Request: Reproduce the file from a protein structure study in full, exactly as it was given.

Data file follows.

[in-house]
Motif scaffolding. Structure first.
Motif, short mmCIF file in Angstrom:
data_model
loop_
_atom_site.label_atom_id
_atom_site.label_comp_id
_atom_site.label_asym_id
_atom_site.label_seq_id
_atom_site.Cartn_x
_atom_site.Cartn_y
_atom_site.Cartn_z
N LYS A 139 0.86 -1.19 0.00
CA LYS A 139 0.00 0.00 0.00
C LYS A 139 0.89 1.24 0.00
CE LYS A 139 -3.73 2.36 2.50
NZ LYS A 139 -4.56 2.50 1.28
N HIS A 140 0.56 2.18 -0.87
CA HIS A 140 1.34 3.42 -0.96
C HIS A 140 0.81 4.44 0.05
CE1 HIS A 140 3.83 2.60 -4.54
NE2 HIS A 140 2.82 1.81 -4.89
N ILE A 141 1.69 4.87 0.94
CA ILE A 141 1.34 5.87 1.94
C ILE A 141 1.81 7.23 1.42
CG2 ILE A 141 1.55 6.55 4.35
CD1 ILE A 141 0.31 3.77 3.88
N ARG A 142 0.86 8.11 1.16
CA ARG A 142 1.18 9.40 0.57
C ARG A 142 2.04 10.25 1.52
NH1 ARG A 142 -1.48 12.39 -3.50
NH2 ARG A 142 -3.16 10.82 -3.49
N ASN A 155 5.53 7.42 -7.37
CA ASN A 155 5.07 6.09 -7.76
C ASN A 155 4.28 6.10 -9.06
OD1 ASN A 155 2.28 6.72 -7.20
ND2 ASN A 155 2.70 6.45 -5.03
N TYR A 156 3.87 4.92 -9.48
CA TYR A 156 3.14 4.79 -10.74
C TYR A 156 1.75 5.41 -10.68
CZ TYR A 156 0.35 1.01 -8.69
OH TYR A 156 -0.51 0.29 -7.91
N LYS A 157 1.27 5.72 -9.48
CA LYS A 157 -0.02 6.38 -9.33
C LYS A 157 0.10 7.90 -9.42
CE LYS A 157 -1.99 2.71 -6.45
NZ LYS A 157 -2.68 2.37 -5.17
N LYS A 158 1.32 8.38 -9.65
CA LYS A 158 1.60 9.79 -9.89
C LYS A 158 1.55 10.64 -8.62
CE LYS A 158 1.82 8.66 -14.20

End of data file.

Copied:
[in-house]
Motif scaffolding. Structure first.
Motif, short mmCIF file in Angstrom:
data_model
loop_
_atom_site.label_atom_id
_atom_site.label_comp_id
_atom_site.label_asym_id
_atom_site.label_seq_id
_atom_site.Cartn_x
_atom_site.Cartn_y
_atom_site.Cartn_z
N LYS A 139 0.86 -1.19 0.00
CA LYS A 139 0.00 0.00 0.00
C LYS A 139 0.89 1.24 0.00
CE LYS A 139 -3.73 2.36 2.50
NZ LYS A 139 -4.56 2.50 1.28
N HIS A 140 0.56 2.18 -0.87
CA HIS A 140 1.34 3.42 -0.96
C HIS A 140 0.81 4.44 0.05
CE1 HIS A 140 3.83 2.60 -4.54
NE2 HIS A 140 2.82 1.81 -4.89
N ILE A 141 1.69 4.87 0.94
CA ILE A 141 1.34 5.87 1.94
C ILE A 141 1.81 7.23 1.42
CG2 ILE A 141 1.55 6.55 4.35
CD1 ILE A 141 0.31 3.77 3.88
N ARG A 142 0.86 8.11 1.16
CA ARG A 142 1.18 9.40 0.57
C ARG A 142 2.04 10.25 1.52
NH1 ARG A 142 -1.48 12.39 -3.50
NH2 ARG A 142 -3.16 10.82 -3.49
N ASN A 155 5.53 7.42 -7.37
CA ASN A 155 5.07 6.09 -7.76
C ASN A 155 4.28 6.10 -9.06
OD1 ASN A 155 2.28 6.72 -7.20
ND2 ASN A 155 2.70 6.45 -5.03
N TYR A 156 3.87 4.92 -9.48
CA TYR A 156 3.14 4.79 -10.74
C TYR A 156 1.75 5.41 -10.68
CZ TYR A 156 0.35 1.01 -8.69
OH TYR A 156 -0.51 0.29 -7.91
N LYS A 157 1.27 5.72 -9.48
CA LYS A 157 -0.02 6.38 -9.33
C LYS A 157 0.10 7.90 -9.42
CE LYS A 157 -1.99 2.71 -6.45
NZ LYS A 157 -2.68 2.37 -5.17
N LYS A 158 1.32 8.38 -9.65
CA LYS A 158 1.60 9.79 -9.89
C LYS A 158 1.55 10.64 -8.62
CE LYS A 158 1.82 8.66 -14.20